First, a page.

With the large caveat that there is a very good chance Enrique Rojas’ interview with Manny Ramirez was conducted in Spanish and that the translation of it here inadvertently imposes a subtext to his comment that was not at all his intention, I can’t wipe the grin off my face at this comment, offered in response to the question of whether Ramirez would consider playing in Japan if he can’t get a major league deal:
“We are the working class and wherever there is work, you must go work.”
A working class hero is something to be. If you wanna be a hero well just follow Manny. Just forget that he made more than $200 million playing baseball in his career.
My little college hangover commie/class fixation notwithstanding, it’s a good interview in which Manny talks about why he retired rather than serve his suspension last season. I think he’s crazy if he thinks he’s going to have any major league teams calling him, but being realistic has never been his strong suit. And it hasn’t really hurt him much to be honest.
Blue Jays closer Roberto Osuna was arrested in Toronto back on May 8 on charges of assault against a woman and he has been on MLB’s administrative leave list ever since — that leave having been extended twice already.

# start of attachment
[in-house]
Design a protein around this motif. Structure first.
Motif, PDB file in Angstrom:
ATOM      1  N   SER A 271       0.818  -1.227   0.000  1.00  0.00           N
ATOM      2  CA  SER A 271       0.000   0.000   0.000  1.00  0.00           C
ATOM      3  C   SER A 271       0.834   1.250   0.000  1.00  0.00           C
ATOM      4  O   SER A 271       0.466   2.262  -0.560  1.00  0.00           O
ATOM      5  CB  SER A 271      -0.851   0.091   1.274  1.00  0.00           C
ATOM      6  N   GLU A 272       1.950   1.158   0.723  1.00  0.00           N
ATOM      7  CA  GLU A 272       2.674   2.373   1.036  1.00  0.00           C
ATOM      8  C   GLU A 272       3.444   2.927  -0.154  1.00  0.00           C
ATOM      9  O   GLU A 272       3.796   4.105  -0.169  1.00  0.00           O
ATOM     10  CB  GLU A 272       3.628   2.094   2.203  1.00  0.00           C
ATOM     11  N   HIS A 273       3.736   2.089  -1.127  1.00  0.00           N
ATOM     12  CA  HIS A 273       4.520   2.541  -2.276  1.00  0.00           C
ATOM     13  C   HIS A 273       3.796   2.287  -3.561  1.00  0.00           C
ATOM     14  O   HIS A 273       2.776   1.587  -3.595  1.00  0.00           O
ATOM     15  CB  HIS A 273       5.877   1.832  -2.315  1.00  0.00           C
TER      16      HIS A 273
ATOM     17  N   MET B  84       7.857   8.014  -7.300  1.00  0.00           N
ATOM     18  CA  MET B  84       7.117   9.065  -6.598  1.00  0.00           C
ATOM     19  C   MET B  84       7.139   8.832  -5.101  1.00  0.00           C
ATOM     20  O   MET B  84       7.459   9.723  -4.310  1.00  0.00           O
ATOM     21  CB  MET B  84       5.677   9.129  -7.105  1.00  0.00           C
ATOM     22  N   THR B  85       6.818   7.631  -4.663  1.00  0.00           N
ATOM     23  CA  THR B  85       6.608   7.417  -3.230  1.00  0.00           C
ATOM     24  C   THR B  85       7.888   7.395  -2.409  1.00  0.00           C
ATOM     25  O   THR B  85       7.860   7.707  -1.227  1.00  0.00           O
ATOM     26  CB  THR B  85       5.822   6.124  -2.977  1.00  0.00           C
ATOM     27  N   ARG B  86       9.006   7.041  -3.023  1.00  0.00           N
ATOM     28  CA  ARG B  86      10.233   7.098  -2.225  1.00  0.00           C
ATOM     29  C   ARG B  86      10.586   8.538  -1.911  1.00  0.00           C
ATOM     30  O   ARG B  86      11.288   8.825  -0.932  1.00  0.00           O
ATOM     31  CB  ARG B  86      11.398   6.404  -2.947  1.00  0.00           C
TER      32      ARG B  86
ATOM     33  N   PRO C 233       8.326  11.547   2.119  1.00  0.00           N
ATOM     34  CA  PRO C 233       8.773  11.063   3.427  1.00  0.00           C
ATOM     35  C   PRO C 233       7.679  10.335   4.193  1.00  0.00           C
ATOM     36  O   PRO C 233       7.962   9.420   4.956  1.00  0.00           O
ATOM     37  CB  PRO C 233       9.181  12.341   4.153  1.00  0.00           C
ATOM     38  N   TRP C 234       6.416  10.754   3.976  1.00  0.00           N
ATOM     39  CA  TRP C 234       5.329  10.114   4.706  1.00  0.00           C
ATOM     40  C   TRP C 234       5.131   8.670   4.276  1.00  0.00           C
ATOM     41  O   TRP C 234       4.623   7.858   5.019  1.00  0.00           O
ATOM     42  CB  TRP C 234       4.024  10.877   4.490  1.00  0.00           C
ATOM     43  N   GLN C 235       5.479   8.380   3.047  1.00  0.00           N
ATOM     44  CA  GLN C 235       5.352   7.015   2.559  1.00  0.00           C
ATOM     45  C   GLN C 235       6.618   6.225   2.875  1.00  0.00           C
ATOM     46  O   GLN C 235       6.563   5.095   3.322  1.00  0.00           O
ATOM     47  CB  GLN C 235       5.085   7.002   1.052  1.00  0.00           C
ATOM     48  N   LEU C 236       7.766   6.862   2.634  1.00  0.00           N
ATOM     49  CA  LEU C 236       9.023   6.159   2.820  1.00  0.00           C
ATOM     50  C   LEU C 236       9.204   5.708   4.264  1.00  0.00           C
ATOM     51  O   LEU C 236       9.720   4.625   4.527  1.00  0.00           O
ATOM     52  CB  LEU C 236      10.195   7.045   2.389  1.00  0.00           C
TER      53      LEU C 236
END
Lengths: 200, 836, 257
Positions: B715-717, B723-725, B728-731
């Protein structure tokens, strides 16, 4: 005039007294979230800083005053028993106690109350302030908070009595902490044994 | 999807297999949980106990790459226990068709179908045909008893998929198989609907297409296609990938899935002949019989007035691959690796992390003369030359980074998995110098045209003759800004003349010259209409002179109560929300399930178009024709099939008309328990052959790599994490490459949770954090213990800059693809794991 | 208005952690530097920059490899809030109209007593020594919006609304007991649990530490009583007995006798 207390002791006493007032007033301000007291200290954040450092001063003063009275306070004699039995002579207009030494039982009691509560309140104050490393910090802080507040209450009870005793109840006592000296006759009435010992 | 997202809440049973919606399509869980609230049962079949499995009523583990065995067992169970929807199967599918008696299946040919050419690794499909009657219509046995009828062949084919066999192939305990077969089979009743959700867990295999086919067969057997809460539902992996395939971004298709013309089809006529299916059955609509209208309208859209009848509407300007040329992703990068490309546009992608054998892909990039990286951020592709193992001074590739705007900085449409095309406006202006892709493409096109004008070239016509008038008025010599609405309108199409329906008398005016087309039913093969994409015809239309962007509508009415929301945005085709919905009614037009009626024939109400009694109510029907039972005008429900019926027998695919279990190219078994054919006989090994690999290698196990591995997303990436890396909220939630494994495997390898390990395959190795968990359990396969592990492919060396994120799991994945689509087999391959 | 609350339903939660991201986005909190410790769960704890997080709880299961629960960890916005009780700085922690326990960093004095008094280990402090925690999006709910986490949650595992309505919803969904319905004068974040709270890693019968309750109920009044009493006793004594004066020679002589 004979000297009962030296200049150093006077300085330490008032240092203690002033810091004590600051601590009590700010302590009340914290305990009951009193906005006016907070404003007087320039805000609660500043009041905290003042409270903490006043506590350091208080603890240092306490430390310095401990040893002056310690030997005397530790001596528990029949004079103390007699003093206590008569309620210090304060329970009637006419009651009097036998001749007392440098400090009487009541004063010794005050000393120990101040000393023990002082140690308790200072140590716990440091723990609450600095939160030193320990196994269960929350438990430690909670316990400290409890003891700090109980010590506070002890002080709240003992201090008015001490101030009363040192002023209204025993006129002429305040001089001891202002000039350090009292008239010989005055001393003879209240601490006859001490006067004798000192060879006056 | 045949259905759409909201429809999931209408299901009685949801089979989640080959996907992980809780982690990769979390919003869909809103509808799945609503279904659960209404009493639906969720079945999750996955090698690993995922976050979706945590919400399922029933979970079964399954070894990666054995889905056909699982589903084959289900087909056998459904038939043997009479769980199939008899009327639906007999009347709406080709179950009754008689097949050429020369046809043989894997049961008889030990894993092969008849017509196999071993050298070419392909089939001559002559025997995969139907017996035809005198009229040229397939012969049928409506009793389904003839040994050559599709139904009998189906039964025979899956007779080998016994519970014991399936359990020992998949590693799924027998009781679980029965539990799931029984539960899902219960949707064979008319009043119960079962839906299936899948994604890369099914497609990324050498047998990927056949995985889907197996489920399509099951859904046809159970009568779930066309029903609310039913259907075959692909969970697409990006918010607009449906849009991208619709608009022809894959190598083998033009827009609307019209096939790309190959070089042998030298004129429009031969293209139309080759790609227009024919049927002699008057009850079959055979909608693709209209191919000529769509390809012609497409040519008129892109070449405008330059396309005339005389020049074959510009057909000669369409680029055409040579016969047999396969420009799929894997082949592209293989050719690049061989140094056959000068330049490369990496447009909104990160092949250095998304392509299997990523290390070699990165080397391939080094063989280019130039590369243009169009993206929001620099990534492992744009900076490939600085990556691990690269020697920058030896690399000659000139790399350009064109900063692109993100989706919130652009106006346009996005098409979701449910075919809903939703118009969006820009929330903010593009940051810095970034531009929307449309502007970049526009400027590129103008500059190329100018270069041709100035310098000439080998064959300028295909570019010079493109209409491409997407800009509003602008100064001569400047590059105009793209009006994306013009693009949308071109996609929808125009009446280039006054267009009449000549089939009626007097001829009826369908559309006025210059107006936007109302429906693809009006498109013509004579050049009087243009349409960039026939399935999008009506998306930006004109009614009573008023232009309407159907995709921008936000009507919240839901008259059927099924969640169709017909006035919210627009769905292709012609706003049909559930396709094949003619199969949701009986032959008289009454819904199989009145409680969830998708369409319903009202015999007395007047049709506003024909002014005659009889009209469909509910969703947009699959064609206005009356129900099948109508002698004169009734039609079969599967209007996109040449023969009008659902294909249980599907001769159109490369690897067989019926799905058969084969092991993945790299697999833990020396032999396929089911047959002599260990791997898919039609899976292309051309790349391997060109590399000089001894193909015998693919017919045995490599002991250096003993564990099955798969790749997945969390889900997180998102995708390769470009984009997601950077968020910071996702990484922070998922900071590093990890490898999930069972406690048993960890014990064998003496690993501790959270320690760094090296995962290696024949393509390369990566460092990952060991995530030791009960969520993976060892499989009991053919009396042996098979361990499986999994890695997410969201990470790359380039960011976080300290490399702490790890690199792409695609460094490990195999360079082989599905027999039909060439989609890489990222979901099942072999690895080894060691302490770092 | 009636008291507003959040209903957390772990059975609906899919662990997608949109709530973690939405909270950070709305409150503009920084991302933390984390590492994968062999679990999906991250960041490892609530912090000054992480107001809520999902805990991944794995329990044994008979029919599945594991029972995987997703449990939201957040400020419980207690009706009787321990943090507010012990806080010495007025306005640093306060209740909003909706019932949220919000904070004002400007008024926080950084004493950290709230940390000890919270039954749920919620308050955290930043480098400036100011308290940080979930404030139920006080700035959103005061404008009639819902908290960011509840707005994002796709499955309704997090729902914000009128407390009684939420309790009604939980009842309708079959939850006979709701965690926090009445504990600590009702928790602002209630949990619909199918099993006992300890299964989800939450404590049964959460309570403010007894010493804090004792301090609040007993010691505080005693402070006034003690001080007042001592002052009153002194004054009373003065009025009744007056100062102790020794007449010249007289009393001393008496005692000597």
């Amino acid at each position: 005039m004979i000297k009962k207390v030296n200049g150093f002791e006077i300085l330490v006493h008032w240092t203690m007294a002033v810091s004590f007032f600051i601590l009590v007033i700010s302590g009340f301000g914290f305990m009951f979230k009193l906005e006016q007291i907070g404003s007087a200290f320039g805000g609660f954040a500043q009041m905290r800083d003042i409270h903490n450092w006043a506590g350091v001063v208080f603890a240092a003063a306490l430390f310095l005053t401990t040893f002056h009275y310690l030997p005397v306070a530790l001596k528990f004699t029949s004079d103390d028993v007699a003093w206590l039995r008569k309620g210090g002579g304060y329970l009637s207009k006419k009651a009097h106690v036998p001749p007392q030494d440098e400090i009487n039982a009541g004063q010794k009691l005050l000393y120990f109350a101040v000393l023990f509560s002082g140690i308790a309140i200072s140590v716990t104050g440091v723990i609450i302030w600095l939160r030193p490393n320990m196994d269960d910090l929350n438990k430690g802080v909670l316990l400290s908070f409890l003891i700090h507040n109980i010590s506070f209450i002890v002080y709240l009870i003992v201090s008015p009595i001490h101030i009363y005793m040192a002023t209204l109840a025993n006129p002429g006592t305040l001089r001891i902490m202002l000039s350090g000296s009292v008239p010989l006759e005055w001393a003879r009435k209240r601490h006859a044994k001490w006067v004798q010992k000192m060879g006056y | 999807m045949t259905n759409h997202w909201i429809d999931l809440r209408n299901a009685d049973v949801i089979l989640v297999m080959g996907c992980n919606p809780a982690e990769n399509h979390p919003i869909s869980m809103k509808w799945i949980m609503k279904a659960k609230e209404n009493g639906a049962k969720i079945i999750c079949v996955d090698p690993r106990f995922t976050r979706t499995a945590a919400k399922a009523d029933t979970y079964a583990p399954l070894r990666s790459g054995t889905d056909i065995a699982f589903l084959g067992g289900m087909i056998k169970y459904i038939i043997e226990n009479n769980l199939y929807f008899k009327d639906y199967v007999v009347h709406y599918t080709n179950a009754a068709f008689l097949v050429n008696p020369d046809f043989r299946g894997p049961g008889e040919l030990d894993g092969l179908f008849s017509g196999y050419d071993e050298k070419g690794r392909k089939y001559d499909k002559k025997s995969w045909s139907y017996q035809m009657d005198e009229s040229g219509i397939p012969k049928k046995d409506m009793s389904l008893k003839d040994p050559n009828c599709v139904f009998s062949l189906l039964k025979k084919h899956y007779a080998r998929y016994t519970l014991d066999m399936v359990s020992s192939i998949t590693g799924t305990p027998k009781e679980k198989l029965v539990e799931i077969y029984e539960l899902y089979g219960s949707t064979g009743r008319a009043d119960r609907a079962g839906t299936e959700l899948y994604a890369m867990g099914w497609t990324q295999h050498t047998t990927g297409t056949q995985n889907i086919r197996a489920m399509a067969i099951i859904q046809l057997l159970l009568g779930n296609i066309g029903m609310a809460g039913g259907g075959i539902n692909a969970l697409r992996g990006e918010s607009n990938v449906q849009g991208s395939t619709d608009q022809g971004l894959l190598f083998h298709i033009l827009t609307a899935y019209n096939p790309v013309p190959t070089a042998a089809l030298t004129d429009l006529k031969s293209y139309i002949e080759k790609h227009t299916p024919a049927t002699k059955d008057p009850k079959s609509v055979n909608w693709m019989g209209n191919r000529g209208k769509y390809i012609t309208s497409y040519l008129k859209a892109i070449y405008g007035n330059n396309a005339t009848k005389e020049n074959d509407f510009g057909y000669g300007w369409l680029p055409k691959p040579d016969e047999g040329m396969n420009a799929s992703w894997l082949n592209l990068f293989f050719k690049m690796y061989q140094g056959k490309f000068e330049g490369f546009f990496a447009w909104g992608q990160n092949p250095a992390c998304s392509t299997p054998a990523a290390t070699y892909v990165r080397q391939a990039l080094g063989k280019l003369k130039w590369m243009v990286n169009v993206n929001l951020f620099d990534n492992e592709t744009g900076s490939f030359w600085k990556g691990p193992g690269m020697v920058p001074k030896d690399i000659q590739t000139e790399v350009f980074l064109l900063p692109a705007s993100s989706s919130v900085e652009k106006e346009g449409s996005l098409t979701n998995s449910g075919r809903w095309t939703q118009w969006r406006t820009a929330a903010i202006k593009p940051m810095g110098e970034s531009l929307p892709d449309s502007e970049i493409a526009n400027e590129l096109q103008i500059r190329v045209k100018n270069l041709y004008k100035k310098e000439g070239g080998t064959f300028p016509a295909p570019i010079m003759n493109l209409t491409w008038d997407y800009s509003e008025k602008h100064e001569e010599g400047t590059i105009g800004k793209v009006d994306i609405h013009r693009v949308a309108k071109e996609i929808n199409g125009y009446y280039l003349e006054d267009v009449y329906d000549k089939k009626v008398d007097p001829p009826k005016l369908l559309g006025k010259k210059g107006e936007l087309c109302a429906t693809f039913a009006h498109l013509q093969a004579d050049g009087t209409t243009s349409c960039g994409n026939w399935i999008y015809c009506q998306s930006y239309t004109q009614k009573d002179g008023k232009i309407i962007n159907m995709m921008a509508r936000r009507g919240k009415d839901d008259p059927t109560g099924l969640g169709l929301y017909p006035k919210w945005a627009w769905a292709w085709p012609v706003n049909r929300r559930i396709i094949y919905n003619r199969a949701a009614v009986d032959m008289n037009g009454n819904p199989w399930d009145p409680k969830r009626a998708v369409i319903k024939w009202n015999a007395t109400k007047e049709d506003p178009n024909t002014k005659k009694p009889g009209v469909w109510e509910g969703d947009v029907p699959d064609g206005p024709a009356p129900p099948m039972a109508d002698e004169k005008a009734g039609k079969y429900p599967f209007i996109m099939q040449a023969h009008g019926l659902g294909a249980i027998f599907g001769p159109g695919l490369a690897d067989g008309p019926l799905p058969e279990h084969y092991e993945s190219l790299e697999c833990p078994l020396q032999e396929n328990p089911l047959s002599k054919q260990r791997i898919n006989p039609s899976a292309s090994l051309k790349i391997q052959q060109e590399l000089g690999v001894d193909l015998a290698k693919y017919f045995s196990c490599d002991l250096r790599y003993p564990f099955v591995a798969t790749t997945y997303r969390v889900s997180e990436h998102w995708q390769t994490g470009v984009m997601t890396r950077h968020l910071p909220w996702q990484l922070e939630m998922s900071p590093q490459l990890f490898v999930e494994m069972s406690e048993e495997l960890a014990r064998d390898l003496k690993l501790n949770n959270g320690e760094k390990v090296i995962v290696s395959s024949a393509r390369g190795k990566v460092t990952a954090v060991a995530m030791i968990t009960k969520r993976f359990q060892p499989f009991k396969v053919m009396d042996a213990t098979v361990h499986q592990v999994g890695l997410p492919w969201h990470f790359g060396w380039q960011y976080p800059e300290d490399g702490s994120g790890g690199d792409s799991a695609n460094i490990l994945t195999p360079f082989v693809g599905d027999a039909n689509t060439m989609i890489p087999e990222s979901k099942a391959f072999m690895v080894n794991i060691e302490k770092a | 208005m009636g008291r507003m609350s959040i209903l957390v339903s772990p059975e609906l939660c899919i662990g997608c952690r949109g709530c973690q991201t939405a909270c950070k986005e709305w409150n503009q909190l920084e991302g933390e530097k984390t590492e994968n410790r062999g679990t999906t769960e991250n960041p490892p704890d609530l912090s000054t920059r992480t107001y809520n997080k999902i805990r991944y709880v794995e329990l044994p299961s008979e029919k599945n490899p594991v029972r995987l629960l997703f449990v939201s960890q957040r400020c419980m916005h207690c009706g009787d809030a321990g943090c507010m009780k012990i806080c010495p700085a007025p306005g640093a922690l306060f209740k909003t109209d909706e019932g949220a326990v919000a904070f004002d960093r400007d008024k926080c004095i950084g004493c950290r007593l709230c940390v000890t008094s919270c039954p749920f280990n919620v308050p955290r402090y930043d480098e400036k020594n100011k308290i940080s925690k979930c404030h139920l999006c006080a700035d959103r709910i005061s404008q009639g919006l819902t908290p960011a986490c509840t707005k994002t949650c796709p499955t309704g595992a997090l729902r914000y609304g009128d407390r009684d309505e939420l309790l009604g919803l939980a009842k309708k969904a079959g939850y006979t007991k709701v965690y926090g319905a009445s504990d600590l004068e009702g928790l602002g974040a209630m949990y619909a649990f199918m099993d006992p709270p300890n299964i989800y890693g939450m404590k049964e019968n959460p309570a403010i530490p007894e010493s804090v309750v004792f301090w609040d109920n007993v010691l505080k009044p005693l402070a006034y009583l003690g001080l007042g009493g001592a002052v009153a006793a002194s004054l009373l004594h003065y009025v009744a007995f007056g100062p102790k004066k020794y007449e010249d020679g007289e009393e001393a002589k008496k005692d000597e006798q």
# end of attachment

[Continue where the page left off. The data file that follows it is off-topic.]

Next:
Canadian authorities aren’t revealing any details about the case so as to protect the identity of the accuser and it’s unclear where MLB’s investigation into the matter stands at this point, but Jon Heyman of FanRag Sports opens his latest column with this note …
Toronto Blue Jays star closer Roberto Osuna’s domestic issue is said by people familiar with the case to be serious and involve allegations of a physical nature, which would draw a significant ban.
Heyman notes that Major League Baseball handed 15-game suspensions to Jeurys Familia and Steven Wright for domestic assault cases where there was no physical abuse — or none proven — and that Aroldis Chapman got 30 games after a police report revealed that he did get physical with the victim and also fired a gun.
It sounds like Osuna could be facing a suspension of at least 20-25 games, given the precedent. Again, though, we don’t have any actual details.
Tyler Clippard has been operating as Toronto’s primary ninth-inning man in Osuna’s absence.